Fiber cement has cost and durability on its side

May 3, 2013

Building their weekend house outside Little Washington, Va., led Bob Berry and Alejandro Cedeno to experiment with a cladding material unfamiliar to them — fiber cement.

“I was concerned at the beginning of the project that it wouldn’t work well and would fade,” Cedeno says.

But their architect, Mark McInturff, convinced the homeowners, who both work in international development, to choose fiber cement based on its longevity. “Bugs don’t eat it, paint stays on it, and it doesn’t rot,” says the Bethesda-based McInturff.

Painted in shades of gray and outlined in aluminum strips, the fiber-cement panels cover the main wing and “tower” of guest suites. “It’s a very geometric house, and they made it look more vibrant and modern,” Cedeno says.

Completed in 2009, the home shows “no fading or noticeable aging of the exterior,” Berry says. “The panels are very low-
maintenance.”

Fiber cement, a century-old material, has become popular in recent decades as a cheaper, more durable alternative to wood siding. It used to be reinforced with asbestos until the 1980s, when that hazardous substance was eliminated from its manufacture. Now the material is typically made with cement, sand, wood fibers and additives.

In recent years, designs made from the mixture have expanded from wood-grained boards to paneling resembling brick, stone and stucco, and contemporary furnishings.

“We use it on about 90 to 95 percent of our remodeling and addition projects,” says Bill Millholland, executive vice president of Case Design and Remodeling of Bethesda. “I can’t think of much we are doing that is not fiber cement. It looks like real wood siding, but it doesn’t decay, and it’s fire-resistant.”

James Hardie Industries is the largest producer of the material in the country, and its HardiePlank siding “has become the Kleenex of fiber cement,” Millholland says.

The company offers fiber-cement siding in 28 colors, six profiles and finishes ranging from rough-sawn to smooth. Among its recent offerings are Artisan lap siding resembling wood clapboard with deep shadow lines; and HardieZone products, which are treated to resist wet, freezing and hot, humid conditions.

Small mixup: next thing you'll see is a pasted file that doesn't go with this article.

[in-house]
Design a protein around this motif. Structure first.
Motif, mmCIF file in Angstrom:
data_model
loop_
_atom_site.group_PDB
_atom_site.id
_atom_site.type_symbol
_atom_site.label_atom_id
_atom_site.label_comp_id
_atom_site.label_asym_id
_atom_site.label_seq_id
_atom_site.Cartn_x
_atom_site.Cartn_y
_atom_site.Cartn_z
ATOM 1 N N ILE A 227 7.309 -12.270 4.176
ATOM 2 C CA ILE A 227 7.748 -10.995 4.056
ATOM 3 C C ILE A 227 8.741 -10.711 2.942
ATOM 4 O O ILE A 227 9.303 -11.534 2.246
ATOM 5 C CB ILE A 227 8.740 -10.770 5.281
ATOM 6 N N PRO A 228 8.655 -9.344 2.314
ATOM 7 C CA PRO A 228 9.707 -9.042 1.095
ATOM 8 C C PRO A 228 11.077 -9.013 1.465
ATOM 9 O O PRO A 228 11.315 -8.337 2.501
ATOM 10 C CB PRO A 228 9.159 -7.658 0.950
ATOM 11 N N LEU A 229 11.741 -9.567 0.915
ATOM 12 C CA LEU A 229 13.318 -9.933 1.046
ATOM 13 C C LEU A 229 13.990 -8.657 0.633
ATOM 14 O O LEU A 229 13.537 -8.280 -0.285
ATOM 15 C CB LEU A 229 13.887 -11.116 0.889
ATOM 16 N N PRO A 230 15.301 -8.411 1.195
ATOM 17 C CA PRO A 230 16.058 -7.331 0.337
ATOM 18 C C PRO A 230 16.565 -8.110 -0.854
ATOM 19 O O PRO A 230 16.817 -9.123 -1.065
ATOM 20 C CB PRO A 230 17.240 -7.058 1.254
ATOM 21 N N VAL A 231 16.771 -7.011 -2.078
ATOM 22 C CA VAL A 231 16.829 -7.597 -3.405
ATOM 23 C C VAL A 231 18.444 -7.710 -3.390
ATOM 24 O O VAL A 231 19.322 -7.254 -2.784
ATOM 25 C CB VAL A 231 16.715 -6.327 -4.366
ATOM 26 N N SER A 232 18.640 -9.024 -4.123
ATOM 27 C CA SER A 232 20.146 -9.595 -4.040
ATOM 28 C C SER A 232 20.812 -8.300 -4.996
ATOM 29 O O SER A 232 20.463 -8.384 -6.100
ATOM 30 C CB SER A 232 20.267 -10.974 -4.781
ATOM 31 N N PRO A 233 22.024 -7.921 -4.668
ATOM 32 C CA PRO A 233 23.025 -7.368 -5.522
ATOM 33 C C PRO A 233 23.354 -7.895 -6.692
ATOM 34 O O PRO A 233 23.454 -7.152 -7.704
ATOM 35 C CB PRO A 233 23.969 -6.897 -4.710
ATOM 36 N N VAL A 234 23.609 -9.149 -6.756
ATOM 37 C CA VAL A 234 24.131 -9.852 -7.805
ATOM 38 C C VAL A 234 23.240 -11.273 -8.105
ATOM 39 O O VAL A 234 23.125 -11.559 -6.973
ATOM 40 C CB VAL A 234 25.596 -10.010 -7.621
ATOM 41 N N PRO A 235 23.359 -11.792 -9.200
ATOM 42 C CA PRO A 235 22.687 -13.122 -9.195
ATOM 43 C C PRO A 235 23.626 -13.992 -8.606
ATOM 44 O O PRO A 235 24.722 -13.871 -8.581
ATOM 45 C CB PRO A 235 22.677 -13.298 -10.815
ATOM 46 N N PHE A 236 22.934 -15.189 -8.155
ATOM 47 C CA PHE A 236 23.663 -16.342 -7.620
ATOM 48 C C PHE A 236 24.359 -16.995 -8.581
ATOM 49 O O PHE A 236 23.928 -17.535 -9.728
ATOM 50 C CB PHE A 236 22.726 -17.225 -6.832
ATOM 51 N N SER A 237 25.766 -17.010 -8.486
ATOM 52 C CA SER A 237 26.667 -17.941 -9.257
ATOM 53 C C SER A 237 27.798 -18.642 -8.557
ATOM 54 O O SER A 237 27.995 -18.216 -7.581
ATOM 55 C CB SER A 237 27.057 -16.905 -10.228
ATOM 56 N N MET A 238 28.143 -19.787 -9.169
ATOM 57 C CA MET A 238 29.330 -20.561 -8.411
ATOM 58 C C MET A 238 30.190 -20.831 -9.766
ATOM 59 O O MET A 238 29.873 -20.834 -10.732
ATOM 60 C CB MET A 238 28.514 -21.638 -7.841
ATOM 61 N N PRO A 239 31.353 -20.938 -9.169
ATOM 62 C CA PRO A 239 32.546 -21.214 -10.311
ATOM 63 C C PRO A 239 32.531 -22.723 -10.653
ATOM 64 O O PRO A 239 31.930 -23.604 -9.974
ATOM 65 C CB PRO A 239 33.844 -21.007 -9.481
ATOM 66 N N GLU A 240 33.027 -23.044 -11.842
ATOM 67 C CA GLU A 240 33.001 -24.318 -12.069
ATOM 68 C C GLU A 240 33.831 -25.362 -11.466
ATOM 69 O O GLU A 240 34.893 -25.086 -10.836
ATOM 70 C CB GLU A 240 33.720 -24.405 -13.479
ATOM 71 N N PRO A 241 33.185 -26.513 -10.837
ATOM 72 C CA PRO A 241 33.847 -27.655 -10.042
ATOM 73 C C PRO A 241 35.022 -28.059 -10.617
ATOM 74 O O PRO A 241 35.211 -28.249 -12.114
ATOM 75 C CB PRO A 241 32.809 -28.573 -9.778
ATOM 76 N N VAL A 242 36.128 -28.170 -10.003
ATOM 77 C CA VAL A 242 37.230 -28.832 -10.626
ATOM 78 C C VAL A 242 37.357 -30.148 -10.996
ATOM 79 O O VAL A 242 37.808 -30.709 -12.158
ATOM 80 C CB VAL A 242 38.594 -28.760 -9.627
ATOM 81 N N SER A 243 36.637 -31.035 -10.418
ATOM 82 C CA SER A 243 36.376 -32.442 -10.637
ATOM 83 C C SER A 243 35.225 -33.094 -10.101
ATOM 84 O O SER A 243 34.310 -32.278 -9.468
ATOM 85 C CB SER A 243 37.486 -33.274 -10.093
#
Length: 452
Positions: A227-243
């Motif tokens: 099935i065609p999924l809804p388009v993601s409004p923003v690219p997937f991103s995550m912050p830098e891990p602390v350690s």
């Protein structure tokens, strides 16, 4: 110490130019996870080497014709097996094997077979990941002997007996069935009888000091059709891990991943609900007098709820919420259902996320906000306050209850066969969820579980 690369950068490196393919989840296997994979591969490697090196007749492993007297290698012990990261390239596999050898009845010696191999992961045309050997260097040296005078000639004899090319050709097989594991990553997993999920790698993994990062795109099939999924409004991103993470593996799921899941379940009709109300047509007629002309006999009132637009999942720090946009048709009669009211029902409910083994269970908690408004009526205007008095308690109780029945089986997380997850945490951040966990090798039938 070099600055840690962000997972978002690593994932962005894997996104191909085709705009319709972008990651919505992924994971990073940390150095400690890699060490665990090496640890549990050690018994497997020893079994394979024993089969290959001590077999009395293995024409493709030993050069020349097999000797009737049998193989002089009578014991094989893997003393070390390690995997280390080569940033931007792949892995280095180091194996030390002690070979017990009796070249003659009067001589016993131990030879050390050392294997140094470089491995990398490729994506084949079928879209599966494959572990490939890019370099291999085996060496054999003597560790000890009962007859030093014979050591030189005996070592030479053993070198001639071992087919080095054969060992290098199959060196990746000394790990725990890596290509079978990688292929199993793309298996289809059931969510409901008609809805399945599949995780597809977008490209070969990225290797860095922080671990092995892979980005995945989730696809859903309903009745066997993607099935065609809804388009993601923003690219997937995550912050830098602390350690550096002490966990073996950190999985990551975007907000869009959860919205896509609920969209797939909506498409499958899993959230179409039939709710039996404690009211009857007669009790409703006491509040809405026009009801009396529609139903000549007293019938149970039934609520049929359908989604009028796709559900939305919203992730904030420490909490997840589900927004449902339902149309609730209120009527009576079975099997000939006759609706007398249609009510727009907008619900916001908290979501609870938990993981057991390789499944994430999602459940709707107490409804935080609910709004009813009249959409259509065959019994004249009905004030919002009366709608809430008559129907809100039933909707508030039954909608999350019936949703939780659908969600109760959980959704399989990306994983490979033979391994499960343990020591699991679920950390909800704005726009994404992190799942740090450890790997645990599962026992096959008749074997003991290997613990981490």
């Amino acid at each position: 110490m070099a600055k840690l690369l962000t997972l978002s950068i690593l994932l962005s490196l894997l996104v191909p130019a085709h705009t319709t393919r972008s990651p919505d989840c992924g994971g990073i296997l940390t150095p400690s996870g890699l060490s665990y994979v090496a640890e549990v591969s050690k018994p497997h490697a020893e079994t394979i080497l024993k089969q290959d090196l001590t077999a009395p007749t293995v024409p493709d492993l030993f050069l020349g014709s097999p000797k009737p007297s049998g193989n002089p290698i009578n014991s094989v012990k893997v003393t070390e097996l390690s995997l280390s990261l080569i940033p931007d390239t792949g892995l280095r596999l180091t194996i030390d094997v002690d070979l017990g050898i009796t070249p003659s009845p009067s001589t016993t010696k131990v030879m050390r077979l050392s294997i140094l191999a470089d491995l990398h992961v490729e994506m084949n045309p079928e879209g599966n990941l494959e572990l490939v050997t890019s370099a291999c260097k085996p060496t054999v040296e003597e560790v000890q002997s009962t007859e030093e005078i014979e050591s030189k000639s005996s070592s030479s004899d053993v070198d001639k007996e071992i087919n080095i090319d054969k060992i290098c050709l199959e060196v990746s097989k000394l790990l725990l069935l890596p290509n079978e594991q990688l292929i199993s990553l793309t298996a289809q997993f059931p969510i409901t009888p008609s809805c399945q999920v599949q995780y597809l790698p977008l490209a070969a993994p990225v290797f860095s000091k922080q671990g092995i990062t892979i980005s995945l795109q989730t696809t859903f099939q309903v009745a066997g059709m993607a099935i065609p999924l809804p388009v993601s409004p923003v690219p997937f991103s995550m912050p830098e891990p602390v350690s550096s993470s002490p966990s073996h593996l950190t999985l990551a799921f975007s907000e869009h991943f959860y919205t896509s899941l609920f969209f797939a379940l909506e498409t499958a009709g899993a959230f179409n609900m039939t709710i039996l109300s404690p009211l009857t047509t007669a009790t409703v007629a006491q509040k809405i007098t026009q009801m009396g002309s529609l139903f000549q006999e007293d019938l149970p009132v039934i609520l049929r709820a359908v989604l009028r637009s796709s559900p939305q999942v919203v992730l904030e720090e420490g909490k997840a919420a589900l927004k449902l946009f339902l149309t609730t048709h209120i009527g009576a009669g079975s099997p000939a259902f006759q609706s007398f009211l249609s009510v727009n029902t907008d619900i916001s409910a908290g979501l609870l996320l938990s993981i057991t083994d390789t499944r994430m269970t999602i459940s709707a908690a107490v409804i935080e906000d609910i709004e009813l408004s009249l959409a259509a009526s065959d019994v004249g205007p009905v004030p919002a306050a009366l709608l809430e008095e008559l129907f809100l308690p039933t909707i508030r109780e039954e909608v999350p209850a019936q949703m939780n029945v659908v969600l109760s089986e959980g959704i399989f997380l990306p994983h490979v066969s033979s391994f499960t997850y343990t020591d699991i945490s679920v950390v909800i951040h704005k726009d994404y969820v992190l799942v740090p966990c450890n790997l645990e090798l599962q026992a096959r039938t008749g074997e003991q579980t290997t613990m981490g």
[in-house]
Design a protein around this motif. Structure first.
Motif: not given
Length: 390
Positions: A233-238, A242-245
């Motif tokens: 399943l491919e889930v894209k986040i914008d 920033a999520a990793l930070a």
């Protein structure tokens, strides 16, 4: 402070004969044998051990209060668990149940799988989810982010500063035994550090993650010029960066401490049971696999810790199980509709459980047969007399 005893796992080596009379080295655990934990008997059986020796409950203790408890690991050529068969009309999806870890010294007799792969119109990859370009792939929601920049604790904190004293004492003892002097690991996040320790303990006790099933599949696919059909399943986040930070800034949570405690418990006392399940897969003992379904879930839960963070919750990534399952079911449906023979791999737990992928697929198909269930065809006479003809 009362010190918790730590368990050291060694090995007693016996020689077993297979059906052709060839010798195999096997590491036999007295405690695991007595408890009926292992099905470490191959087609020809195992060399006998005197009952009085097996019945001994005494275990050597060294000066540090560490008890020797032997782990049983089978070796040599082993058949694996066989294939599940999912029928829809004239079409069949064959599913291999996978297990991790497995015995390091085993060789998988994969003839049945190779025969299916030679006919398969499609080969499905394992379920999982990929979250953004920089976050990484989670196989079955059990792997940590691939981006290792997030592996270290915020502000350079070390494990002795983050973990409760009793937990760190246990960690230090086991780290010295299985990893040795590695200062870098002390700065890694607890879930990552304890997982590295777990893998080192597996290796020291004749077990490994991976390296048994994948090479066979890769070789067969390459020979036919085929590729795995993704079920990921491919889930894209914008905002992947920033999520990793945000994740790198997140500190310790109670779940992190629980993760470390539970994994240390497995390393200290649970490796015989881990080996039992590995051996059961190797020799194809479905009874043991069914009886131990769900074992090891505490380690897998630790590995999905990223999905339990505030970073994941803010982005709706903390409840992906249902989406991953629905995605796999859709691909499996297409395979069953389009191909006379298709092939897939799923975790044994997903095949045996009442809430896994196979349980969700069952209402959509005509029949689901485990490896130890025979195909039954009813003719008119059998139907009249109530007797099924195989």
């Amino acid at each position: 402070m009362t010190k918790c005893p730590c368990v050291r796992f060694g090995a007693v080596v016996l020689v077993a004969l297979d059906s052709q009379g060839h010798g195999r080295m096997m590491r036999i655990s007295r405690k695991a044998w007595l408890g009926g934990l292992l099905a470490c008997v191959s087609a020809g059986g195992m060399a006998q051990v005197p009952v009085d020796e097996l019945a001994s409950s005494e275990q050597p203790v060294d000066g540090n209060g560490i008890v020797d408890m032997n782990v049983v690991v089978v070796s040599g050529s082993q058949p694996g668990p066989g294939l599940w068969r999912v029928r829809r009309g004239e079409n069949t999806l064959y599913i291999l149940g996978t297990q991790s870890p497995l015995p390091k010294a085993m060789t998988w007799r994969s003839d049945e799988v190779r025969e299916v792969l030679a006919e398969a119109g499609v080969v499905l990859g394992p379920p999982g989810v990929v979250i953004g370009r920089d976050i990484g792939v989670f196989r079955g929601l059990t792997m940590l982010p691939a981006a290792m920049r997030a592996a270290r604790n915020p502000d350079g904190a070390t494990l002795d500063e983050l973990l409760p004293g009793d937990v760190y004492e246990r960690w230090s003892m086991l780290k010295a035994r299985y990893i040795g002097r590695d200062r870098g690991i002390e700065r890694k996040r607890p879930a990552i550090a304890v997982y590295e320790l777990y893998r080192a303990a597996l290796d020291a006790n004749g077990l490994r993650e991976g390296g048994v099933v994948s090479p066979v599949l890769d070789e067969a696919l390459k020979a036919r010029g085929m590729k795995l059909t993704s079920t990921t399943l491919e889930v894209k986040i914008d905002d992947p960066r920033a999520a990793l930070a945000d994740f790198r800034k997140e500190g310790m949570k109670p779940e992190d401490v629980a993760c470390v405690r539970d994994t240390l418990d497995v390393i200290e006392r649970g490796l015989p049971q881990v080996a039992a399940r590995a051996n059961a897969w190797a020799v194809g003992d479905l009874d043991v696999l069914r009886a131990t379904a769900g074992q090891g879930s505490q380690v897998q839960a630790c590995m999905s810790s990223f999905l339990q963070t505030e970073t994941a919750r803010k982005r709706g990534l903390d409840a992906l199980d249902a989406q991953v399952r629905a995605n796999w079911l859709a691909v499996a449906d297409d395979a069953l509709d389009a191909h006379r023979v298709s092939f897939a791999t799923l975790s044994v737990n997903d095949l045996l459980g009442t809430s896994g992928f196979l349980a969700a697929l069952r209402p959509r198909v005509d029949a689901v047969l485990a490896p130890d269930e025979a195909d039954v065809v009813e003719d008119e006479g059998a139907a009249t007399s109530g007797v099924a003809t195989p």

“Unlike wood, fiber-cement boards are very straight and dimensionally consistent,” says builder Ethan Landis of Landis Construction in the District. “Because they don’t expand and contract as much as wood, they need to be painted less often than wood.”

Another advantage is cost. Fiber-cement siding runs about $3 to $3.50 per square foot, about twice the price of vinyl siding, but less than the $4 to $6 per square foot for cedar siding, says Hardie product manager Dale Knox.

The material is harder, heavier and more brittle than wood. It can be sawed and nailed, but DIYers should wear a mask or a respirator while cutting the siding to prevent inhaling silica dust, which can cause lung disease.

In addition to requiring labor-intensive installation, fiber cement can crack or split after being constantly exposed to moisture. Millholland found that fiber-cement planks on a dormer delaminated after absorbing rainwater running down the roof.

Design options in fiber-cement siding range from sleek, modern-style panels to traditional board and batten. One of Hardie’s competitors, Georgia-based Nichiha USA, makes fiber-cement cladding resembling stacked stone, brick patterns and cedar shakes, among other designs.

Architect Paul Gaiser of Landis Construction used Nichiha’s Frontier shakes to clad a house in Rehoboth Beach, Del., that he recently designed for lawyer Charlie Garlow and his wife, Joan Flaherty, who live in Silver Spring.

“We liked their wood-stained look, as opposed to the Hardie Shake, which has more of a solid color,” Gaiser says.

The appeal of fiber cement’s molded shapes has led some home furnishing companies to offer designs in the material for outdoor and indoor settings. Los Angeles-based Greenform imports planters and furniture from the Swiss company Eternit, a fiber-cement pioneer.

Its more unusual designs include reproductions of the 1954 “Loop” chair ($956) and table ($596), and the modular “Dune” seating ($1,271 per piece).

Crate & Barrel and its sister company CB2 sell several fiber-cement tables, including the Acara and Element collections ($199 to $999). “Fiber cement is porous, so we recommend wiping up spills immediately,” says CB2 merchandise manager Ryan Turf. “But part of the beauty of these tables is the imperfections and natural look of the finish and material.”

Deborah K. Dietsch is a freelance writer.

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